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Police Complaint: Busted Tech, Town Manager Intimidation
Technology is as important to a modern police force as a gun and a badge–probably more. Yet since 2008, the Verona Police Department has had to deal with a nearly endless list of broken or malfunctioning technology, from radios to their much-vaunted in-car computers. Officers repeatedly made the town’s technology manager and their superiors aware of the problems, and yet they remain unsolved. Tonight, the Town Council may finally learn why the VPD’s complaints went unheeded and what’s going to be done now to fix them.
In early July, the Verona Police Department’s PBA Local 72 took the highly unusual step of hiring a lawyer to file a complaint against the town. In a letter sent to town attorney Michael Gannaio on July 2 by Gina Mendola Longarzo, the lawyer representing the PBA, the police served notice of tech problems that go back six years. Their complaint, a copy of which was obtained by this reporter, details handheld radios that are dead and unusable during emergencies, patrol car video recorders that do not work, and the deliberate disabling of police car computer systems by the town’s IT staff. The complaint says that Jeff Hayes, Verona’s director of IT, and his assistant, Michael McCormack, did not update the users of the computer system, which is known as Info-Cop, forcing current Verona police officers to use the log-in credentials of 18 retired officers. Hayes allegedly impeded efforts by Info-Cop’s support staff to fix the problem, even though Verona pays for that support.
The complaint says that Hayes refused to work with the IT staff of a federal drug interdiction program to give Verona officers access to the High Intensity Drug Trafficking Area database, even though the sale and use of opiates has been a growing concern in town. In addition, the police cannot retrieve videos of witnesses and subjects themselves, but must, the complaint alleges, go through Hayes. Moreover, Hayes, who is not a police officer, has allegedly watched some of these videos, including one concerning the sexual abuse of a child.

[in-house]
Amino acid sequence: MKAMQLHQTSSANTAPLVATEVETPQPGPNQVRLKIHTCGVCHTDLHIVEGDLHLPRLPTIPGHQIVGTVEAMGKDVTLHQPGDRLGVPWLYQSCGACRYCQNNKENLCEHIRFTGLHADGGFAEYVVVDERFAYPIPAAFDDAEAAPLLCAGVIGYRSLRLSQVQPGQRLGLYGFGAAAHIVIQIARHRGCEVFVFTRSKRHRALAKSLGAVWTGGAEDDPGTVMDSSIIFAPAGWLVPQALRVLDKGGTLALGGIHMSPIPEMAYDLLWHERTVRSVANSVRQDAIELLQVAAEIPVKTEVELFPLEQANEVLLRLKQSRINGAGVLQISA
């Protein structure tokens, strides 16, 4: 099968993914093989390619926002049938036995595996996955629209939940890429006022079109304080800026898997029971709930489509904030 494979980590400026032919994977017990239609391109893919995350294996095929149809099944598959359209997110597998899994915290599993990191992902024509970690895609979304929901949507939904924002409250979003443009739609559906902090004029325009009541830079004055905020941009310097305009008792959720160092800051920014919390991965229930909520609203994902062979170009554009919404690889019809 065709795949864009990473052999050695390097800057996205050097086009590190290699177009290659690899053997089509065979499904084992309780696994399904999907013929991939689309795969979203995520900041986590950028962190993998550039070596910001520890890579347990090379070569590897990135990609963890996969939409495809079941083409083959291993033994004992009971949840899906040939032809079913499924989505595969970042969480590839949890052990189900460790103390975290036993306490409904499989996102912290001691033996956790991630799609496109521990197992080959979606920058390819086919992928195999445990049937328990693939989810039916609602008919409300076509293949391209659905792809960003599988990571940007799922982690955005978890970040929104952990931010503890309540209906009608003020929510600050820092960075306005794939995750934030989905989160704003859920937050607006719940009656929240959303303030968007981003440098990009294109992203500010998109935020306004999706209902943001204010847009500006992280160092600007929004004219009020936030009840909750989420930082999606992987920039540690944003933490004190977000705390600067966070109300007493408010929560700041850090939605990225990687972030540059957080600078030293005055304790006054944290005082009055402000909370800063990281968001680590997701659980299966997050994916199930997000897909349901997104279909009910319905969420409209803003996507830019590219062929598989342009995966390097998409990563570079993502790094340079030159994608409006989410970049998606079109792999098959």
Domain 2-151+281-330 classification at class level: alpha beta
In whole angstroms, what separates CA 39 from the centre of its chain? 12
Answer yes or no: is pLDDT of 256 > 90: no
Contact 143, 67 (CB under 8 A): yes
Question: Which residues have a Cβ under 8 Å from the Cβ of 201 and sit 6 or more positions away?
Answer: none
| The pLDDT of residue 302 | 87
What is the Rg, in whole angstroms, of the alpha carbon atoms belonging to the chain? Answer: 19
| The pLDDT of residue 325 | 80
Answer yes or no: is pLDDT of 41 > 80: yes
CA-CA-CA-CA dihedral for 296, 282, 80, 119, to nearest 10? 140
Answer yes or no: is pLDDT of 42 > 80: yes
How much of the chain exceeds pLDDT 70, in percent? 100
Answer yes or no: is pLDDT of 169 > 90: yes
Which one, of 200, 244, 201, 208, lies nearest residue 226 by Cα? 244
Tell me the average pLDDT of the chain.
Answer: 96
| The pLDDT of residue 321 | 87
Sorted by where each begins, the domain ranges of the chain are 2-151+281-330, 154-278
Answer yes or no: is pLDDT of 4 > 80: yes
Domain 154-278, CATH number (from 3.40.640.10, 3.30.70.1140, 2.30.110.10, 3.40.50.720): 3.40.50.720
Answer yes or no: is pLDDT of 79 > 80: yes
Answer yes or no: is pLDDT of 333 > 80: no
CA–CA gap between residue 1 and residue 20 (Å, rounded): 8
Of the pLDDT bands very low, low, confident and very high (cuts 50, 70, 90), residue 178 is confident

These problems may be resolved by an agreement that has apparently been reached between the town and the PBA over how police department technology will be handled in the future, an agreement that will be presented to the Town Council tonight in closed session. But one allegation may be harder to quell: That Township Manager Joseph A. Martin threatened the police officers who turned their concerns into a legal matter.
On two occasions since the complaint was filed, Martin has referred to the complaint as “innocuous” in conversations with this reporter. (MyVeronaNJ.com filed an Open Public Records Act request to get the complaint, but was told it was “privileged” lawyer-to-lawyer conversation.) But behind the scenes, the complaint appears to have been viewed as anything but. An officer who reached out to Info-Cop in 2012 for help after it stopped working was reprimanded for not going through Hayes, even though Hayes had known about the problem and not resolved it. The complaint goes on to say that:
“…when Town Manager Joseph Martin recently learned that the Local had retained counsel to address these issues, he began a campaign of intimidation tactics and has threaded the Local and its members and advised them to ‘fire’ the undersigned or face dire consequences.”